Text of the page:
quinella

EnglishEdit

EtymologyEdit

From American Spanish quiniela (sporting bet or pool); US from 1942.

NounEdit

quinella (plural quinellas)

  1. (gambling, horse racing) A form of bet in which the bettor predicts the first two finishers in a race, without concern for the order of finishing.
    • 1954, Michigan Department of State Compilation Commission, 1954 Michigan Administrative Code, page 38,
      All tickets on the quinella will be calculated in an entirely separate pool.
    • 1989, Charles S. Romanelli, How to Make Money in One Day at the Track, page 166,
      A few tracks offer exactas and quinallas on the same races.
    • 2004, Jim Kilby, Jim Fox, Anthony F. Lucas, Casino Operations Management, page 355,
      The track quinella paid $38.00 for a $2 wager, the track exacta paid $70.60 for a $2 wager.

Coordinate termsEdit

VerbEdit

quinella (third-person singular simple present quinellas, present participle quinellaing, simple past and past participle quinellaed)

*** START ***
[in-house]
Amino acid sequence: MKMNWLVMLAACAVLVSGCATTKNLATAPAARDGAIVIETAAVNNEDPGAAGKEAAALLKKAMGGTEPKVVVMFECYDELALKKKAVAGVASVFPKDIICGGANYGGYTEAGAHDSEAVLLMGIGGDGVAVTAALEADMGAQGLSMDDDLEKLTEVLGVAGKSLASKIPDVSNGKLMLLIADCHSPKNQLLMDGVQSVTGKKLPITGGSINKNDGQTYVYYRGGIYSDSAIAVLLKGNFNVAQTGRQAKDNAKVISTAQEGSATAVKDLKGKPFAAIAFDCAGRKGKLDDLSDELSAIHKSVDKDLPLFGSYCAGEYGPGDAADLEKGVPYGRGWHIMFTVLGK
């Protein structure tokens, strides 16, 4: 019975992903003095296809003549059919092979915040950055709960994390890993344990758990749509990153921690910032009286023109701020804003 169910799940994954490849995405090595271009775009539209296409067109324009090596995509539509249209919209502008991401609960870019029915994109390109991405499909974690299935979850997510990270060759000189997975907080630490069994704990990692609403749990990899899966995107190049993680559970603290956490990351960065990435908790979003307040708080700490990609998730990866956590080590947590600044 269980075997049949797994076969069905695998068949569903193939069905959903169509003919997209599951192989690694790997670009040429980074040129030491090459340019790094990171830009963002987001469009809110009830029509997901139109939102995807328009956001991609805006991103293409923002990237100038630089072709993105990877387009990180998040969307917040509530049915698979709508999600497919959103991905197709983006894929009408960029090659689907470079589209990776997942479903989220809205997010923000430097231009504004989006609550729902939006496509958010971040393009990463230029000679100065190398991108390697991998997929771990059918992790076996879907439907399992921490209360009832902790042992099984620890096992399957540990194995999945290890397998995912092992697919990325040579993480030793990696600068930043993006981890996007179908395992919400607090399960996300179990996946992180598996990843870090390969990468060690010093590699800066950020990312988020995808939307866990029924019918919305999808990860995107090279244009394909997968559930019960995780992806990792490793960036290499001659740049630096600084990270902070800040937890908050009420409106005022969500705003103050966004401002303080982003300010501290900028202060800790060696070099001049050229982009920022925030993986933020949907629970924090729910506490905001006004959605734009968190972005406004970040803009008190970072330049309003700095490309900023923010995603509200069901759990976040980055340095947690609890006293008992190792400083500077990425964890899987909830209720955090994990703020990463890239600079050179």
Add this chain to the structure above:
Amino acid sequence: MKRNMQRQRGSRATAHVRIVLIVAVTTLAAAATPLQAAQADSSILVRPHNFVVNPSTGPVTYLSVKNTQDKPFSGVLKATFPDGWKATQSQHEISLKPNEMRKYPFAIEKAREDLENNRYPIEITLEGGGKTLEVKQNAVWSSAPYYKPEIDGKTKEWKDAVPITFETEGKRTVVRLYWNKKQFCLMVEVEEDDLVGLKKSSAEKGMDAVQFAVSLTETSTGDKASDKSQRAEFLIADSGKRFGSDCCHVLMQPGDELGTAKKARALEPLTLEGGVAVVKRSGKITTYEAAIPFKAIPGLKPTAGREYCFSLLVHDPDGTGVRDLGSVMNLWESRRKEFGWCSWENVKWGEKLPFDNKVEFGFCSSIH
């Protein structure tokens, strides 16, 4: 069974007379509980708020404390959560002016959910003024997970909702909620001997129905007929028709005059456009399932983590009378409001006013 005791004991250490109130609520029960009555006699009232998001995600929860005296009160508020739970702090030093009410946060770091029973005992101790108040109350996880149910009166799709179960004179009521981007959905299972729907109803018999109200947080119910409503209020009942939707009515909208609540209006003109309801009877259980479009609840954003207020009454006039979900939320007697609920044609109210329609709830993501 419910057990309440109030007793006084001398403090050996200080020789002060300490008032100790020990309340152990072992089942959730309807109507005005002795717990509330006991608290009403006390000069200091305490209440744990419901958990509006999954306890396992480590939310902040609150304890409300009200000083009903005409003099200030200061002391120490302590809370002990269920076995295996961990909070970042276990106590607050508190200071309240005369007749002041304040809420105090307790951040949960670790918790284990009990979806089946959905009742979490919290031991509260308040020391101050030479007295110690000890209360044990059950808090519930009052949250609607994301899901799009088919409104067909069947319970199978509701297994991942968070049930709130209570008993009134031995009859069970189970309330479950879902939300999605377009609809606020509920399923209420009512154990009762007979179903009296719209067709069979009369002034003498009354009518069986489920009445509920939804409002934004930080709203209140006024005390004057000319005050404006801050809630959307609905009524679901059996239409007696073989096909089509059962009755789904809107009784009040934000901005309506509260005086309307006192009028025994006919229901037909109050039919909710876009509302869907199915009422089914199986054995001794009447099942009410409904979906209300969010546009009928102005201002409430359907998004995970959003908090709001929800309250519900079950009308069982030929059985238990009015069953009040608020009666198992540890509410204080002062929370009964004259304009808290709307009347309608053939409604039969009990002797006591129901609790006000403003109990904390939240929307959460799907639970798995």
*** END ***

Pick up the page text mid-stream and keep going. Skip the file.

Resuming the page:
1. (Australia, New Zealand) To have two team members, horses, etc., finish first and second in the same event.
    • 2003, John O′Hara, Big River Racing: A History of the Clarence River Jockey Club 1861-2001, page 35,
      Smith provided the winner of twenty-one Mares Produce Stakes and quinellaed the event nine times.
    • 2008, John Ellicott, Waterhouse and Smith: The Rise to Power of Two Racing, page 273,
      Gai quinellaed the Doncaster in 1997 with Secret Savings and All Our Mob.
    • 2009, Eric O'Keefe, The Cup, page 72,
      Not only did he win his first Cup with the 30/1 chance Tawriffic, but in the finest Cummings′ tradition he quinellaed the race with Super Impose.
Last modified on 18 June 2013, at 19:27